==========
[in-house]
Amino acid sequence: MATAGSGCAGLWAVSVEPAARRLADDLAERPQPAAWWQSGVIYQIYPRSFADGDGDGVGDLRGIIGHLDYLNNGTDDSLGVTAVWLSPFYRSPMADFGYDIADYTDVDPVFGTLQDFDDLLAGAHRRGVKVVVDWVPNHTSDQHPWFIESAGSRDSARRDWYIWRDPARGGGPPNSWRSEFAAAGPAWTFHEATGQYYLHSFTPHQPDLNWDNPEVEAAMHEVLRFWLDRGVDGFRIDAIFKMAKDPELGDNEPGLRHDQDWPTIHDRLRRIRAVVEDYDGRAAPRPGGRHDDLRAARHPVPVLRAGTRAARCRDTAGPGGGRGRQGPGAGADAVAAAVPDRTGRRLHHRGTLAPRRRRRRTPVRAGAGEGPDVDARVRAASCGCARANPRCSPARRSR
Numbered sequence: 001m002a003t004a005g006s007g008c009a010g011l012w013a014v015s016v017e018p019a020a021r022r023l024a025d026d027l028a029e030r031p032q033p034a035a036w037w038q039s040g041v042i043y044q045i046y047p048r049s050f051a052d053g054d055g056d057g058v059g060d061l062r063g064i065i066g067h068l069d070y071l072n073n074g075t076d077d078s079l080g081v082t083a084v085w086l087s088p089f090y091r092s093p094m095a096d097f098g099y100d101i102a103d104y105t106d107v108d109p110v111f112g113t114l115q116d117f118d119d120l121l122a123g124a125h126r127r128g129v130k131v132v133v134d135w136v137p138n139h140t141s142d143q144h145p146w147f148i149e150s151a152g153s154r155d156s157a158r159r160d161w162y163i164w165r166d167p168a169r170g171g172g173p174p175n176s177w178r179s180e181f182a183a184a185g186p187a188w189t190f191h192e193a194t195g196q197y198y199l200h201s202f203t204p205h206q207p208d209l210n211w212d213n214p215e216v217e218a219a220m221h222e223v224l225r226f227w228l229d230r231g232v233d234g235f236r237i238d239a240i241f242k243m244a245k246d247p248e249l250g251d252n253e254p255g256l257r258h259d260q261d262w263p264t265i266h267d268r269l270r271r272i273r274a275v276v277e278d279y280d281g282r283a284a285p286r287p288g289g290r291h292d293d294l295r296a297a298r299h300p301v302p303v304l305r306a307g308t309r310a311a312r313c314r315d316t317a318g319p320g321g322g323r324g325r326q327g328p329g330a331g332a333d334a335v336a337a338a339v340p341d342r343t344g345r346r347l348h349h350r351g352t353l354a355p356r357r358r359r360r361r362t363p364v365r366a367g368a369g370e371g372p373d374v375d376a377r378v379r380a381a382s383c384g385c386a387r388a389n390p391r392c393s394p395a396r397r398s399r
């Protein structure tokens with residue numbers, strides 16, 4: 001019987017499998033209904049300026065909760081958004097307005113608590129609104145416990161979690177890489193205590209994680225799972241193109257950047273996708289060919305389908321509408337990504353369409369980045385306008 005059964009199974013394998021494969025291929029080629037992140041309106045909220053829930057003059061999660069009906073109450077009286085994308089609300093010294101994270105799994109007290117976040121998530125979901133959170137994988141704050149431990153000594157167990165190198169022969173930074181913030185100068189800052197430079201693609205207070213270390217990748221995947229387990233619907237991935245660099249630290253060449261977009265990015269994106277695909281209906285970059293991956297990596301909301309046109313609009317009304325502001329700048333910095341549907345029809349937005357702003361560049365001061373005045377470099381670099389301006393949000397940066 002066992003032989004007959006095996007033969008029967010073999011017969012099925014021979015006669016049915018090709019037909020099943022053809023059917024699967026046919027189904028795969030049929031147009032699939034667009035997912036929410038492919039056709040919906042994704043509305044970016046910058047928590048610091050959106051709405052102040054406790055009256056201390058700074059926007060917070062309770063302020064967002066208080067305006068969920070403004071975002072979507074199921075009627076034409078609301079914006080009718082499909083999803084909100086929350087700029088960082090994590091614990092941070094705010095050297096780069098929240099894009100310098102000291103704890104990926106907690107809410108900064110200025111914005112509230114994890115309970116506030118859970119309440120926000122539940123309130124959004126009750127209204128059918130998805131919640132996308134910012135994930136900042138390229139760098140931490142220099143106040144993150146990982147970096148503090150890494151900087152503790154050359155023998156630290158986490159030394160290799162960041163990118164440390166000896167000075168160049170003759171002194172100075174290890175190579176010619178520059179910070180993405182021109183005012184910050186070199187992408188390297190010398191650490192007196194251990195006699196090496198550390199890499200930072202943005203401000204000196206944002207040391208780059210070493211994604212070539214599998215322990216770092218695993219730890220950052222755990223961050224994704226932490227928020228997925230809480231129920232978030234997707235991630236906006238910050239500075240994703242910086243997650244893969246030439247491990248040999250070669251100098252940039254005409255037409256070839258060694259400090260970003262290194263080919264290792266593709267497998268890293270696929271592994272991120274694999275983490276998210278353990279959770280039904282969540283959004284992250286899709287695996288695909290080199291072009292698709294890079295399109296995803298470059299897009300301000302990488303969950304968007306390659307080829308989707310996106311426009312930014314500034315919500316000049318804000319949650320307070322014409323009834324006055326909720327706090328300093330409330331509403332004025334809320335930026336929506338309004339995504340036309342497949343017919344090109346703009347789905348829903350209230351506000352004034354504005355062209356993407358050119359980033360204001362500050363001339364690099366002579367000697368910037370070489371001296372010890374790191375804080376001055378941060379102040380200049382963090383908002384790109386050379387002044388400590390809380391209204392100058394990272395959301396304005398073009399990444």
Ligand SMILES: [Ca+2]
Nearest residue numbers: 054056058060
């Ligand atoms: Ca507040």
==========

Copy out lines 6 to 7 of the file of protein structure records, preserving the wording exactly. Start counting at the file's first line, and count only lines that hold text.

Nearest residue numbers: 054056058060
């Ligand atoms: Ca507040």